Mark Pauline, founder of the Bay Area’s legendary Survival Research Laboratories (SRL), houses his impressive personal archive, robotics workshop, and business in a garage in a non-descript industrial section of Petaluma. Hulking CNC machines, boxes of tools and equipment, and half-built machines populate this former auto detailing shop. The large parking lot out front allows him to test and maneuver his epic machines (sometimes to the chagrin of his neighbors). For decades, Pauline has dedicated his career to building dangerous, elaborate robots for his performances. A commentary on the military industrial complex—the development of which is a determining force in the Bay Area’s own history—as much as a dystopian vision for a post-apocalyptic future, SRL’s acclaimed shows push experiential and technological boundaries.

Pauline’s practice reflects a kind of resilient integrity; his work grew over the years outside of the constraints of the mainstream art market and without much institutional support. A pioneer in the recycling and reselling of biotech equipment, he’s been, in large part, able to support his art through his business, which also provides him with additional materials. His corporate sounding persona “Survival Research Laboratories”—a name he pulled from a 1970s issue of the mercenary magazine Solider of Fortune—captures the critical ethos of his work. Building from detritus, waste, and cast-offs from the military and tech industries (particularly those in the Bay Area), his work illuminates a deep unease with these powerful developments and how one might exist with and after them. The risk on display in an SRL show is never a mere spectacle or entertainment, but rather a confrontation with the destructive capacity of human invention.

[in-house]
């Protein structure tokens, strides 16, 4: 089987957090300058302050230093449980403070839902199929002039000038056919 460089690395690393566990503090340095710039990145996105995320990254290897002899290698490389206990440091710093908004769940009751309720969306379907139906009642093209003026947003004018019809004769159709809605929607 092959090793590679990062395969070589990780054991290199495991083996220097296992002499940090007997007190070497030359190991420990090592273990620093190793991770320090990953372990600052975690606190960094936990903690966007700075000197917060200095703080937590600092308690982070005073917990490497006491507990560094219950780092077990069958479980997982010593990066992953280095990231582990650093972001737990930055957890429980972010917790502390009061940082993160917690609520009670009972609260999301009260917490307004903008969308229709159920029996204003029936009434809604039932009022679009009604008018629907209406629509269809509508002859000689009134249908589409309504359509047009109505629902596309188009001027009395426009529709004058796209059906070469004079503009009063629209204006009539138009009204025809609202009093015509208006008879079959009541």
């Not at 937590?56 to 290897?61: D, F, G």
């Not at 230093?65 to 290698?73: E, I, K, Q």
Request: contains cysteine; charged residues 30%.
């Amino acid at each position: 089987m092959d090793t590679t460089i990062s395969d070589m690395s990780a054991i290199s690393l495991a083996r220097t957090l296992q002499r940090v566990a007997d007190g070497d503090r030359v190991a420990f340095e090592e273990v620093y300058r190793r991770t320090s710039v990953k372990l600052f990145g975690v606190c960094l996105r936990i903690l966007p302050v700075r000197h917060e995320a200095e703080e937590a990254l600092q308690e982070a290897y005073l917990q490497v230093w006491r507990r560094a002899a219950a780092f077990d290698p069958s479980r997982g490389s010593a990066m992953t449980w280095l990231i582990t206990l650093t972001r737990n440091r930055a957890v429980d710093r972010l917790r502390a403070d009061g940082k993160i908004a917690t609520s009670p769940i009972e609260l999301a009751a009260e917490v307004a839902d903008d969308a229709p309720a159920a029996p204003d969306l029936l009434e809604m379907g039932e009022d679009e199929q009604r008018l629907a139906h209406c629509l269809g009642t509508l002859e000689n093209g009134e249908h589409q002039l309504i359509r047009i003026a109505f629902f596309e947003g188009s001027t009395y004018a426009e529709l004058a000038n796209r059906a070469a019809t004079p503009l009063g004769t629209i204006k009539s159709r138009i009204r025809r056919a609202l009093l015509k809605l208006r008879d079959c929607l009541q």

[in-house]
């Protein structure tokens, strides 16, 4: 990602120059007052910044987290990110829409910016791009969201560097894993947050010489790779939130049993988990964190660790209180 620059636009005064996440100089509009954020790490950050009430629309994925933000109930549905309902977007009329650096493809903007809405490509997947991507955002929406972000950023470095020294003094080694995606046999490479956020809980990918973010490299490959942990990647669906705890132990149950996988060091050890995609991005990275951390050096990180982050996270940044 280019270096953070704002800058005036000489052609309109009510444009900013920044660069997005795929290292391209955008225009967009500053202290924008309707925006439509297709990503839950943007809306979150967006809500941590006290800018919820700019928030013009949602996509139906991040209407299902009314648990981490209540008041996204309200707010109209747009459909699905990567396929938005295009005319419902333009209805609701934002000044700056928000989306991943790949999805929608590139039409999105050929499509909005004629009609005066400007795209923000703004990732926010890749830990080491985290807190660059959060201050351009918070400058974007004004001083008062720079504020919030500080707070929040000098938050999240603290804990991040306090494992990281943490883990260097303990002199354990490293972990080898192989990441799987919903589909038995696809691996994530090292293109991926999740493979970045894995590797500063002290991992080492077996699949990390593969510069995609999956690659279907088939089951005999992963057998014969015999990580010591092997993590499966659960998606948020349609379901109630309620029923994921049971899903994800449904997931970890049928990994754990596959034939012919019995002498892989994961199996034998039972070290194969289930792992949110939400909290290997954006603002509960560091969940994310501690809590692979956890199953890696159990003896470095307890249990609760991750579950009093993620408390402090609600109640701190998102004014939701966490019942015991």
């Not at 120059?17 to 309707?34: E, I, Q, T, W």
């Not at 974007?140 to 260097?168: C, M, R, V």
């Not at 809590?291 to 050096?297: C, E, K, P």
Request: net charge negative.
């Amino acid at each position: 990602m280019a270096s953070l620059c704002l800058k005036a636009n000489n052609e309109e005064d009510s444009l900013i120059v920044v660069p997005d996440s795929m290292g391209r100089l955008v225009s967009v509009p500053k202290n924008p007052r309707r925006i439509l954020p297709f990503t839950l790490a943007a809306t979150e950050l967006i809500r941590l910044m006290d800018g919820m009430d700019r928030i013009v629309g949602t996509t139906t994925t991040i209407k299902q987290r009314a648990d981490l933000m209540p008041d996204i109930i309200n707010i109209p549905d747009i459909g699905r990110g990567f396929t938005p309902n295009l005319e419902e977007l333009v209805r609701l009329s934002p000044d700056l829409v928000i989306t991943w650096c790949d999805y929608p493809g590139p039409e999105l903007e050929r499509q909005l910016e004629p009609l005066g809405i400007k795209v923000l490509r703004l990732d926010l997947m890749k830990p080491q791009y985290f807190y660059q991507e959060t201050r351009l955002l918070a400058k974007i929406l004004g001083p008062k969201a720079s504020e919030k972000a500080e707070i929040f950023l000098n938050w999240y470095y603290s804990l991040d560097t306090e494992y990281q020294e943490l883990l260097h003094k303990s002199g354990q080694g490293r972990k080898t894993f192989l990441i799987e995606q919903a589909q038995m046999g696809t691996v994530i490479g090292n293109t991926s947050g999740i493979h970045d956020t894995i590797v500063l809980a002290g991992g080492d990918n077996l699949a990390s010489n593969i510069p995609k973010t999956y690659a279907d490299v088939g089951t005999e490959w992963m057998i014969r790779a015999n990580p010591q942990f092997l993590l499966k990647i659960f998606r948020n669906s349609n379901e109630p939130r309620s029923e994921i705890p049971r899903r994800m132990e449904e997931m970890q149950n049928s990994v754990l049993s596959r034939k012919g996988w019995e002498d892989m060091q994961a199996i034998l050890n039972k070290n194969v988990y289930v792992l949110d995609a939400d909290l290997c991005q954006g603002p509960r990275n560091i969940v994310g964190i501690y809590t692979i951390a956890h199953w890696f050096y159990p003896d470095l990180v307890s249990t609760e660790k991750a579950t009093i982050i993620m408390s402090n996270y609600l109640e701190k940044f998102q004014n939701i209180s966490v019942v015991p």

The first SRL robot ever built was The De-Manufacturing Machine in 1979. Installed at a gas station during the oil crisis, the machine puréed and flung dead pigeons dressed as OAPEC dignitaries into the audience. Shock, disgust, and fear have always been part of Pauline’s performances. An early video with the industrial music group Factrix features one of his pieces—a suspended pig carcass animated by flailing robotic arms and metal bars, being disfigured on stage by a dentist’s drill. The industrial music scene in San Francisco yielded a space for interdisciplinary experimentation and transgression, in response to Reagan-era discord and conservatism; SRL was initiated within this community, and its attitude carries through in the work.

First SRL performance at the Chevron station on Columbus & Green where the De-Manufacturing machine ‘processed’ dead pigeons dressed as Arabs. Courtesy of Mark Pauline.